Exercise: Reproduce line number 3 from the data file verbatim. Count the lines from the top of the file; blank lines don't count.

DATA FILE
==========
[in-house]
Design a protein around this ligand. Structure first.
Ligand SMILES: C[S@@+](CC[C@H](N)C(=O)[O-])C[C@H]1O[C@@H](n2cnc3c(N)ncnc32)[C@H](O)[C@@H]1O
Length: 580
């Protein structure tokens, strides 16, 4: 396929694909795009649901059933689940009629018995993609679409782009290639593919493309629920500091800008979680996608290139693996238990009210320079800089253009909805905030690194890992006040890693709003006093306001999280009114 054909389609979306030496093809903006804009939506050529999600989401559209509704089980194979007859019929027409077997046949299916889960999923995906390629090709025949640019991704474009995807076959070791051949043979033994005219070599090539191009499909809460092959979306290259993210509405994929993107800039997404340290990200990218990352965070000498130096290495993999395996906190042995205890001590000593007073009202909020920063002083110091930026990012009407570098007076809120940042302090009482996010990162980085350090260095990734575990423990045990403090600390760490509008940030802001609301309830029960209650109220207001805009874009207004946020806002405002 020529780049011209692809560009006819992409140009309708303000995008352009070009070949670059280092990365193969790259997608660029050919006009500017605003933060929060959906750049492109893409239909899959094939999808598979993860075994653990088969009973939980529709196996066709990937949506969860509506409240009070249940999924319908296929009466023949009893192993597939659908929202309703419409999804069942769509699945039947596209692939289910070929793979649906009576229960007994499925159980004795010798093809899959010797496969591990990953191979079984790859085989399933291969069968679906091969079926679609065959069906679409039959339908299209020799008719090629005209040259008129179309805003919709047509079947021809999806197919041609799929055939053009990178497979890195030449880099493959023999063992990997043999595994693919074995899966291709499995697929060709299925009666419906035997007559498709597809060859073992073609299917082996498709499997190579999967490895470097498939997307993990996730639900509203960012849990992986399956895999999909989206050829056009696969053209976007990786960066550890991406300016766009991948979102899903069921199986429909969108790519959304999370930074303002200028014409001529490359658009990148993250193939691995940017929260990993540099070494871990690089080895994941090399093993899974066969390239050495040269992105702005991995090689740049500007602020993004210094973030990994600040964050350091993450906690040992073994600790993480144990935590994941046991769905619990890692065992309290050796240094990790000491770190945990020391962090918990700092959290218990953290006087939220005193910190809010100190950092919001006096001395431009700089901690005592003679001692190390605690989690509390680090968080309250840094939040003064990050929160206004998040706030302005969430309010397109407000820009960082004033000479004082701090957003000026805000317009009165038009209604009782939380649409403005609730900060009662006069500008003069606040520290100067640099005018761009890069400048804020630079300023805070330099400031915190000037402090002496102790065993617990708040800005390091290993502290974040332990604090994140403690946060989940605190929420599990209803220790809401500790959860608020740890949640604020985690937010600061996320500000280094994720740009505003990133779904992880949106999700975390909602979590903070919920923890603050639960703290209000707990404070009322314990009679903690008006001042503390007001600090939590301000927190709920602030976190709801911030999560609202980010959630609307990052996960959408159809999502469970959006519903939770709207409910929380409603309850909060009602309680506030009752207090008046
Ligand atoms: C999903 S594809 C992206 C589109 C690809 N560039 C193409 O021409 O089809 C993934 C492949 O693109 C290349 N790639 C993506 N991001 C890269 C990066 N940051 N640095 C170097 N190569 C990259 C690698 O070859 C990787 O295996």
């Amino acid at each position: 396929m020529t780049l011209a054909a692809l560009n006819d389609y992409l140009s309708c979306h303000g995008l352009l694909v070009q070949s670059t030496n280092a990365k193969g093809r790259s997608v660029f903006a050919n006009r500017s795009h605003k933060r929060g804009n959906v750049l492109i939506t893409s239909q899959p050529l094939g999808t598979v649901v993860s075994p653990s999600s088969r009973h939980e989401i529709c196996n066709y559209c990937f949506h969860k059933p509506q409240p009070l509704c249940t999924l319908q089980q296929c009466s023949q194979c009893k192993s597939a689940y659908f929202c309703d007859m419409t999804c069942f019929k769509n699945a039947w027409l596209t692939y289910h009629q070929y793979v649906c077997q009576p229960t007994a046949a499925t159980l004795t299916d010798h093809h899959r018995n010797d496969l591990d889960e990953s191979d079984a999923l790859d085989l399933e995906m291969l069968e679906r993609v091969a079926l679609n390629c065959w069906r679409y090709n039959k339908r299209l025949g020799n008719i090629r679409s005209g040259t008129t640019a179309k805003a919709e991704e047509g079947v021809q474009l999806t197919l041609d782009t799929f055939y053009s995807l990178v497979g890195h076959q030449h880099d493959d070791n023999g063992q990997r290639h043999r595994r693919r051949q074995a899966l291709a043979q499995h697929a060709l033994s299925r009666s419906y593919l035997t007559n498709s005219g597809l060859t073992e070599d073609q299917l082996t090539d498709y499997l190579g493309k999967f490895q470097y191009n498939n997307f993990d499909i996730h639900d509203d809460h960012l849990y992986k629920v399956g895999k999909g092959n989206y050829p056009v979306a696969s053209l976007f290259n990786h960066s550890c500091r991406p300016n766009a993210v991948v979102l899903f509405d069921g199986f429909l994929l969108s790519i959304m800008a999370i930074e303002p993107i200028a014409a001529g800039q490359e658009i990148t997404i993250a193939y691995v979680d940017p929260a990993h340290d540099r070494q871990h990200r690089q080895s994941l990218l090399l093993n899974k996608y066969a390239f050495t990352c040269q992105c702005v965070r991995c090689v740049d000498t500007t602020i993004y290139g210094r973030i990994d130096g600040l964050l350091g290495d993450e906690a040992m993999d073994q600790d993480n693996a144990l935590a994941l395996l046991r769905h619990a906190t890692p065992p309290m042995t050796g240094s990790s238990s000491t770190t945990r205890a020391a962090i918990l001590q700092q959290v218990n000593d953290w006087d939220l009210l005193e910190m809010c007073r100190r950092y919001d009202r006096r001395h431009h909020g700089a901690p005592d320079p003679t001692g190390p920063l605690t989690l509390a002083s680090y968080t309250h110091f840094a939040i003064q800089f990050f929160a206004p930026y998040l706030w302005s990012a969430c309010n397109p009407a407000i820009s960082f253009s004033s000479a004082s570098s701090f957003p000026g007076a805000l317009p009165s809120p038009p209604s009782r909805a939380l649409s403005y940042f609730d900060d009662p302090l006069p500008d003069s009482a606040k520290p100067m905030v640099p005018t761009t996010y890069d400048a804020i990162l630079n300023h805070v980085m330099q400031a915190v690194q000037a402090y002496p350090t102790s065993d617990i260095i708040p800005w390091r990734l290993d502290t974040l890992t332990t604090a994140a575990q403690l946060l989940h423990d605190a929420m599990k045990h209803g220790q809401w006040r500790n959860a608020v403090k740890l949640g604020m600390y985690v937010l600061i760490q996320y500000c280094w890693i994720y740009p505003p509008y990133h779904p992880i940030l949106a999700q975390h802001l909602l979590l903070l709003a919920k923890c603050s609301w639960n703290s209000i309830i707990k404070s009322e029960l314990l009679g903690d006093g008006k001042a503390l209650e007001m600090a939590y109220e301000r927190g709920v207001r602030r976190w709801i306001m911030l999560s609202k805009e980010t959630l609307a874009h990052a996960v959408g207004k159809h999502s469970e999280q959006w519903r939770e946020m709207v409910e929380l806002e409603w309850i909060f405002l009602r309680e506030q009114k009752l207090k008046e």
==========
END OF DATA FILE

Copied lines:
Ligand SMILES: C[S@@+](CC[C@H](N)C(=O)[O-])C[C@H]1O[C@@H](n2cnc3c(N)ncnc32)[C@H](O)[C@@H]1O